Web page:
Degenerate primers

Krzysztof Wasowicz wasowicz at moskit.art.olsztyn.pl
Fri Oct 24 01:03:34 EST 1997


"Meteorite" <vdmerwea at intekom.co.za> wrote:

>Could anybody give some pointers on how to go about designing degenerate
>primers? I have an amino acid sequence which revealed several conserved
>regions by comparison with related ones, but I want to know which ones I
>can use to design the primers from. Some are small (irrelevant?), while
>other regions are quite large (up to 10 amino acids). Also, I would like to
>know why some researchers include I (inosine) in their degenerate primers.
>What does I bind to, and what is its function in the primer?
>
>Thanx
>
>Meteorite
>(Yours in nightmare...)

Hi,
Basically inosine binds non-specifically to every nucleotide with the
same strength (at least as I know). Its presence doesn't affect the
melting point od the primer. If you have 25-mer and you have inserted
4 inosine residues you just treat your primer as 21-mer.
Some aminoacids are coded with one codon. Trp is coded by  UGG. Then
you insert sequence TGG in your primer (or complementary - depends on
which primer you design - sense or antisense). Some aminoacids are
coded by four codons - Gly is coded by GGU, GGC, GGA and GGG. Then you
have two possibilities. You insert in your primer sequence GG (or
cmplementary) corresponding to first two Gs of Gly codon and then you
can insert mixed bases (A,C,T,G). Most commercial primer manufacturers
accept mixed bases for the price of one base. The problem with mixed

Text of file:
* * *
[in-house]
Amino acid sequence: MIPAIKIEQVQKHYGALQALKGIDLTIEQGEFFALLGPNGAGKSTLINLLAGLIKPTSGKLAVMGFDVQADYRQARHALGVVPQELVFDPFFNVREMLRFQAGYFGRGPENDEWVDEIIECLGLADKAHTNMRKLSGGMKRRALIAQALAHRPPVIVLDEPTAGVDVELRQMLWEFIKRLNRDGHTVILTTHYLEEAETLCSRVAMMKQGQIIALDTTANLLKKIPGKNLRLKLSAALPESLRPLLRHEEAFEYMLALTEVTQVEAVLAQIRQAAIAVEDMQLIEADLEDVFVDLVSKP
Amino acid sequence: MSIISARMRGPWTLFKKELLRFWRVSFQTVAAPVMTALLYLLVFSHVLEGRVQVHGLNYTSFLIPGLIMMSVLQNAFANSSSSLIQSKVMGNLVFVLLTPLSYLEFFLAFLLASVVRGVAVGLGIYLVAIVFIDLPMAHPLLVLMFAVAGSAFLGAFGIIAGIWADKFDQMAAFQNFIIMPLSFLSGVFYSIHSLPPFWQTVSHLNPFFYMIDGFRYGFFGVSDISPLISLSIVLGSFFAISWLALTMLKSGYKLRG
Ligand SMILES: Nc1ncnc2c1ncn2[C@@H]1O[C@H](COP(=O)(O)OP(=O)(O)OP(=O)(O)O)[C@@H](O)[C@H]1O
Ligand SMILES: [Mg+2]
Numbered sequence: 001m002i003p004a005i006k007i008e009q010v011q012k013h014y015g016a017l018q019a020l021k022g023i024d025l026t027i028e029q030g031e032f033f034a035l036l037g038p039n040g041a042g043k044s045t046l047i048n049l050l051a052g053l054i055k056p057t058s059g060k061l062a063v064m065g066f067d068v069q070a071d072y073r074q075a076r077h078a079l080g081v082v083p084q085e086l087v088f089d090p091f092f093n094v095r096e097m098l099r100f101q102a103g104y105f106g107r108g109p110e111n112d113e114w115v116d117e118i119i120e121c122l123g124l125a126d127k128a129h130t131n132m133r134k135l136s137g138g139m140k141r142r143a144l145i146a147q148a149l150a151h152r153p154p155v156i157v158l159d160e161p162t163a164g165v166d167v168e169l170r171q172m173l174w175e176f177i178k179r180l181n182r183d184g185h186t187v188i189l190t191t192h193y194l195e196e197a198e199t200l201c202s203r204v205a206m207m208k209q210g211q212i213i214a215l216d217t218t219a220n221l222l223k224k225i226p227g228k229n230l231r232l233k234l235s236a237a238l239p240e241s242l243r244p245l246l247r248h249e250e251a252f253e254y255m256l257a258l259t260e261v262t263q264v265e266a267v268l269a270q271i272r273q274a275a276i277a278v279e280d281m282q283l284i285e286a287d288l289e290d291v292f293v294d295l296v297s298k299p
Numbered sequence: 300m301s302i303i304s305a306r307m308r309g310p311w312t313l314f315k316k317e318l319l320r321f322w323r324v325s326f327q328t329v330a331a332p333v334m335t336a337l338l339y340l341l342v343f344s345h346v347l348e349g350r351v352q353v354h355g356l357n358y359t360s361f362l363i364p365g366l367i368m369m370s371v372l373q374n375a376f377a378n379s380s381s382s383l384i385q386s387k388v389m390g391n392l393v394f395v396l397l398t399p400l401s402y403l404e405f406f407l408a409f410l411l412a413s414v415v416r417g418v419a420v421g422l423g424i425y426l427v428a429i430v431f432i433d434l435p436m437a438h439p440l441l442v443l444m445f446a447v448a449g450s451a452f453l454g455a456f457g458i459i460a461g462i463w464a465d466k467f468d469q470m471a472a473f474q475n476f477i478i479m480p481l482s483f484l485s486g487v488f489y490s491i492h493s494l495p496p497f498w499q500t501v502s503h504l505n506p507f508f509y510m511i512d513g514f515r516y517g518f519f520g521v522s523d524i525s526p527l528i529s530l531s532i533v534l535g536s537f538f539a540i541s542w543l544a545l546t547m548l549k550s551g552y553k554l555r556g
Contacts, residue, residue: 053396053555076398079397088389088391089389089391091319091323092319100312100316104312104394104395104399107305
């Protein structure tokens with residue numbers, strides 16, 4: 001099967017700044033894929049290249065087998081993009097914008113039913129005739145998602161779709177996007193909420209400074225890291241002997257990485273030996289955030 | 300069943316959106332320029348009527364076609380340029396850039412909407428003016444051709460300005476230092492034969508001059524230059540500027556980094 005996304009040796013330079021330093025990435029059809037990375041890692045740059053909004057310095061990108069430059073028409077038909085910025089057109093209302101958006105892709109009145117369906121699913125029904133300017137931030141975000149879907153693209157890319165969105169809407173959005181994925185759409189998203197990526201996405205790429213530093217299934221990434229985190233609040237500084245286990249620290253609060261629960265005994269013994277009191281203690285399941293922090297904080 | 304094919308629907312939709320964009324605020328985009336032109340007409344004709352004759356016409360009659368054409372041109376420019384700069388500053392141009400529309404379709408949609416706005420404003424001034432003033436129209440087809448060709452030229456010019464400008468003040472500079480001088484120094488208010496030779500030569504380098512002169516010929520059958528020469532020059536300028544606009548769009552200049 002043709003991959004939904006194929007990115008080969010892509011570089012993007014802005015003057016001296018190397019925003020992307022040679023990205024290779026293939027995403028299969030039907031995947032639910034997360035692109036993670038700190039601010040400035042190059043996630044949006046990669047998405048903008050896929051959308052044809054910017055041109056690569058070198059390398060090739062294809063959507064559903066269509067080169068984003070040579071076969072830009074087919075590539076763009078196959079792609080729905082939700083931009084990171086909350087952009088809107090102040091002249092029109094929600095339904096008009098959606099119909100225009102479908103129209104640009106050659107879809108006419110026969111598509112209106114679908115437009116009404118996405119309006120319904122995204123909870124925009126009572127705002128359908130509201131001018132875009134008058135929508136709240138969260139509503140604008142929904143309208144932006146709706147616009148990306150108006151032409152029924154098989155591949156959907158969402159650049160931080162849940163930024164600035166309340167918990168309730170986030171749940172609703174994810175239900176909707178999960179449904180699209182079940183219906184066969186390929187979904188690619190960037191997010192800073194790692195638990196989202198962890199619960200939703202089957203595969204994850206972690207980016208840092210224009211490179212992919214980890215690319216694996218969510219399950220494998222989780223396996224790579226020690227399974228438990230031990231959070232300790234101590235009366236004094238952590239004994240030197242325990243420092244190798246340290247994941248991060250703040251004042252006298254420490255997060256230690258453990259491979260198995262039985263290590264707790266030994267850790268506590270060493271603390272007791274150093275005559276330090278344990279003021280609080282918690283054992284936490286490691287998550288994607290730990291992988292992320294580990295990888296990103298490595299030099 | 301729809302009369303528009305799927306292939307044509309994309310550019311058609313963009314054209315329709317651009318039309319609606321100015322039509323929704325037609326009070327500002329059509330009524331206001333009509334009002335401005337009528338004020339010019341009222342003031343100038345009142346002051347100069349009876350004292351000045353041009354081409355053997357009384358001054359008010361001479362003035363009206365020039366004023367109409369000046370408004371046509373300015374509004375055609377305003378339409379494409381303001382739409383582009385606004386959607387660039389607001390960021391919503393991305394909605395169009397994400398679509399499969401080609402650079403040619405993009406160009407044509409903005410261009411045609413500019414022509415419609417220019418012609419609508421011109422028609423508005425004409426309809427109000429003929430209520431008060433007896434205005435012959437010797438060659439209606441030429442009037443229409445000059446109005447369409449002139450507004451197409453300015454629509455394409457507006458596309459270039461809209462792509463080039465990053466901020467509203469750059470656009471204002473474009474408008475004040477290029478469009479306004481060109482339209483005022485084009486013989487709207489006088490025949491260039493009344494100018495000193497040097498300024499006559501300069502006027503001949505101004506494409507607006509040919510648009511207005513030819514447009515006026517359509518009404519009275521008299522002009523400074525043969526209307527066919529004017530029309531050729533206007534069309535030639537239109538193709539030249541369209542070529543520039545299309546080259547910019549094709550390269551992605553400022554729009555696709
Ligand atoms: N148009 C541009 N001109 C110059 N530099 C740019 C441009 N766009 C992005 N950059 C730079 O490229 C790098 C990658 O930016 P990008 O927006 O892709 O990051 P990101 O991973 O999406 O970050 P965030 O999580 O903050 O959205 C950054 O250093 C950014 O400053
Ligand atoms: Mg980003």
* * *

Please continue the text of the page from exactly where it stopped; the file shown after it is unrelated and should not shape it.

bases is that only one combination is the right one. With every mixed
base present in your primer the amount of the right primer decreases
correspondingly. If you have  Gly codon and Pro codon processed like
this the amount of the right primer is only 1/16th of the total
amount. With every more mixed base it still decreases.
Some aminoacids are coded by more codons (Leu - 6 codons). You better
avoid such regions.  You can exclude some codons when you look at the
codon usage table (should be available from EBI
(http://www.ebi.ac.uk). You can insert inosine at the third position
instead of (A,C,G,T). It will bind to every base nonspecifically, but
it allows to avoid problem with mixed bases. You just have to have
around 20 specific residues in your primer (If you have 4 inosines
make your primer 24-25-mer). Shorter primers may also work, longer may
be more specific but cost more. 
Of course, nothing is as simple as it looks like. But what I have told
you may be a good starting point. I have been fairly successful with
inosine and 20-mers.
If you need some more advice, contact me.

Basically inosine binds to every nucleotide. If you  need some more
advice, e-mail me.

Chris.
Krzysztof Wasowicz
Agricultural and Technical University
Faculty of Veterinary Medicine
Dept. of Animal Anatomy
Bldg 105J
10-718 Olsztyn-Kortowo, Poland
Phone: 4889-5233688, 4889-5233733
Fax:   4889-5234986
Email: wasowicz at moskit.art.olsztyn.pl



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